• on the water, the RNLI rescued Mike Channon from his WW boat, Michele Springall from her sea kayak or Morten Lunde from his Nordkapp sea kayak with a tiny ocean cockpit (that wasn’t easy).  And they tried Hand of God rescues, plucking the ever-grateful Morten from his capsize.  Monitoring us all, ensuring that the RNLI didn’t run out of things to do, and taking the photos, was Charles Taylor.Over the course of the afternoon we trained with 15 of their crew (ie four boat crews), and they were grateful and appreciative, and were speaking of a continuing relationship, with another session envisaged for the spring.  What’s more, they’re setting up a similar session with another local club, Royal CC (we wouldn’t mind showing Royal how things should be done !!).

And what did the RNLI think of it all? Here is what their training co-ordinator said:

“I wanted to say, for myself and on behalf of all my crew who attended on Sunday 19, how truly fantastic you and your fellow paddlers were! We were all amazed and not a little humbled by the enthusiasm, expertise, hardiness (Morten may just win man of the match on that one), and sheer love of your sport that you all showed. My crew absolutely loved it and were still talking about the afternoon throughout our training on Tuesday – I think some are even keen on having a go themselves, inspired by you guys, and Hampton CC would be a natural port of first call for that after all we have seen.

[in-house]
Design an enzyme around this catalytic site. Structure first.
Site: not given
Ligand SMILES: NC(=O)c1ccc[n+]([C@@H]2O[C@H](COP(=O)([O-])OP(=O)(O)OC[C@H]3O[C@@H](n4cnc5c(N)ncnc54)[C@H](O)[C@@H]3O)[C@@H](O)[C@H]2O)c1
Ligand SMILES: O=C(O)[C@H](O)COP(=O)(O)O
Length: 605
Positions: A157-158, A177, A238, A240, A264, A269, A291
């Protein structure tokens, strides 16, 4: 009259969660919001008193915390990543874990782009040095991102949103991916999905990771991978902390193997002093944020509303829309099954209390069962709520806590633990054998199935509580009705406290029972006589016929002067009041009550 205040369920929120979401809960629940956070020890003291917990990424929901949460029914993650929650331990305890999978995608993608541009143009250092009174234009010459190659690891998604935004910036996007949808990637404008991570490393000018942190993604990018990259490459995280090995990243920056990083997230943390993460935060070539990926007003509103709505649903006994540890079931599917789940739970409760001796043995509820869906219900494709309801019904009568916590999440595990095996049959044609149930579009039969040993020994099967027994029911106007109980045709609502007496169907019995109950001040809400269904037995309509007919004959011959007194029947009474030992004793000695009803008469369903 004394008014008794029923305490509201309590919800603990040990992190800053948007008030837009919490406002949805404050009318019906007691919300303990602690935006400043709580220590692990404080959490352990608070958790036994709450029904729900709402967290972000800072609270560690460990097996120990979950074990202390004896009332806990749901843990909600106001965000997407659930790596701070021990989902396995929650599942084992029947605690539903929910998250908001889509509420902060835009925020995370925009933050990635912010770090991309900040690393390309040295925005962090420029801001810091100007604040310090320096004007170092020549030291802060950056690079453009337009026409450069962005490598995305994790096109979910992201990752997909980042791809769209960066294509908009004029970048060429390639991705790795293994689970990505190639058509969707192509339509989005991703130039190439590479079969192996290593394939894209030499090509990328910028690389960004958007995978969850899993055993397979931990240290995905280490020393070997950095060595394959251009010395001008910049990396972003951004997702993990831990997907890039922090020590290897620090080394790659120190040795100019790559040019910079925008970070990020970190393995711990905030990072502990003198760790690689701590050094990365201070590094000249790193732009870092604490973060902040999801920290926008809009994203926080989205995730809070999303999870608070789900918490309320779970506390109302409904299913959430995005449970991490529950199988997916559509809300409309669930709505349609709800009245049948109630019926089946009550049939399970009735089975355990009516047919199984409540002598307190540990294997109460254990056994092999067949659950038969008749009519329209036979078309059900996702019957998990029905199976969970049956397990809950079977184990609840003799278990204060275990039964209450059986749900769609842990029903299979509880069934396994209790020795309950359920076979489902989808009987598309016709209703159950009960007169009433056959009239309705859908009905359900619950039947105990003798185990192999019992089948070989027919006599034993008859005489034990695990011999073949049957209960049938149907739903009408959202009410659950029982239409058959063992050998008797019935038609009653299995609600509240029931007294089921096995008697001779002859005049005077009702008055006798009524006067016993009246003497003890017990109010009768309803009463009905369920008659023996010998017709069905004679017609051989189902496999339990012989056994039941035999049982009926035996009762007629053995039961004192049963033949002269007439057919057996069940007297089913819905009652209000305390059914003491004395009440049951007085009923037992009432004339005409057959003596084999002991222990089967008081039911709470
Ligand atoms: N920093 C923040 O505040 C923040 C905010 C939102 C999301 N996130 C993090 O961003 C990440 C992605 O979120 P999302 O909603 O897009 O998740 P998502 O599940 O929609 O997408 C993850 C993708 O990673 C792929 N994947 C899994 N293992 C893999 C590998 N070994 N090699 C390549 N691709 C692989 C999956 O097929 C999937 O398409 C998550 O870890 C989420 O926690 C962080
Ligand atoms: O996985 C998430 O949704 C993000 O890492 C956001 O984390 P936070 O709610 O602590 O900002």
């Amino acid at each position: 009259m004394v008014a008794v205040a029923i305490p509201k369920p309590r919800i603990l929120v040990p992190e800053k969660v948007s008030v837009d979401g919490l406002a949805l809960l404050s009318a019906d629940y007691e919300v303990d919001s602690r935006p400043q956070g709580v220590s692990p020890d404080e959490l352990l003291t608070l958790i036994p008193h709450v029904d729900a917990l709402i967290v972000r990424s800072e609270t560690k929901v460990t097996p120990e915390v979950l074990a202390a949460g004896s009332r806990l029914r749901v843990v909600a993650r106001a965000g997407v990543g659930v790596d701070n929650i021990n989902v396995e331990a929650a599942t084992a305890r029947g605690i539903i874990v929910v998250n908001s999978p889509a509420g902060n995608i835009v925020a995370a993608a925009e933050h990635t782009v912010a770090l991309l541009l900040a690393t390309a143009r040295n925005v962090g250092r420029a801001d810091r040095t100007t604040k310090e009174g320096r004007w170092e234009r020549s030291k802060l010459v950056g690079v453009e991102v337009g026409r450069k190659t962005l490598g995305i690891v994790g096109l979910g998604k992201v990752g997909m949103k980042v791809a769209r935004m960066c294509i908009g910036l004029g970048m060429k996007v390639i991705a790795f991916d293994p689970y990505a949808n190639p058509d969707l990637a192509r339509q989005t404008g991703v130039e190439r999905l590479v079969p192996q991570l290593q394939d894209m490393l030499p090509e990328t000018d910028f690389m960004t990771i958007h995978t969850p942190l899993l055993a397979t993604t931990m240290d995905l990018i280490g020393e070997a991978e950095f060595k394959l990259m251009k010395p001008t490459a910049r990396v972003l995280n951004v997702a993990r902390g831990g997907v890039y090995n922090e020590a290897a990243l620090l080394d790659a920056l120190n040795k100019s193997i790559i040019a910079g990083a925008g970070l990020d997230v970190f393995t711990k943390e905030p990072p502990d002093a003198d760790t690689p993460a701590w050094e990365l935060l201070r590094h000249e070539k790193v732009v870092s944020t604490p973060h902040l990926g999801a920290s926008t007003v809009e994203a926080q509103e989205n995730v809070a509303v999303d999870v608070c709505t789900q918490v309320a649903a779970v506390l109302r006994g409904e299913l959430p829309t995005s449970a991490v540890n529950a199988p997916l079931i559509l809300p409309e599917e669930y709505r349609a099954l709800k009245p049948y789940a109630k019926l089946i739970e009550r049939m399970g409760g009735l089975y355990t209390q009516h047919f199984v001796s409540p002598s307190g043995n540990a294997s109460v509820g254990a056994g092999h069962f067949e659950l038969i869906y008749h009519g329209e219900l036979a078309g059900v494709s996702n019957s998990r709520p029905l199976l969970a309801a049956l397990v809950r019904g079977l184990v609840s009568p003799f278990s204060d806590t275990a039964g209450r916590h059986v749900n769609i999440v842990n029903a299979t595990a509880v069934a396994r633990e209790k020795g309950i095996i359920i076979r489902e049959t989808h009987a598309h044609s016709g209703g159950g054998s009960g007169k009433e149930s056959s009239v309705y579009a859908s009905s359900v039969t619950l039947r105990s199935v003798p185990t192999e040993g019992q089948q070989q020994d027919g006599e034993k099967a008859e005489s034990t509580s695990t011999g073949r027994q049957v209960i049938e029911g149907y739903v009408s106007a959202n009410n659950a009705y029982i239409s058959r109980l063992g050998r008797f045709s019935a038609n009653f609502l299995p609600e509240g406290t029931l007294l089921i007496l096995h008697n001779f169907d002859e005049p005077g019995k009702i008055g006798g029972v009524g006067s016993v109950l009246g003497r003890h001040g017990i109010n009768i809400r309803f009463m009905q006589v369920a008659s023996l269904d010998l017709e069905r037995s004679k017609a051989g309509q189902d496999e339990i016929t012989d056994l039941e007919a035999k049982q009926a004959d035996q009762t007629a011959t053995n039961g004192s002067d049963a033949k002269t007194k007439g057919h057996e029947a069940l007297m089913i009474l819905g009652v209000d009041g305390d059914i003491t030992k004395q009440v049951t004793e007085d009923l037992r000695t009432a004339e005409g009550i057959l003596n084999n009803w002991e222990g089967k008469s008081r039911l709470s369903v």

“We have all learned some great lessons which will hopefully make us more effective, and the river a safer place for paddlers.
“As I said, should you wish us to lay on a station visit for families, particularly younger folk, we would be delighted to do so, and we are also very keen on a joint exercise in the spring.”
Andrew Wallace
You can see lots more pictures here

Leaves, weeds and portages

Saturday 18th November 2017

Mytchett to New Haw  –  Basingstoke canal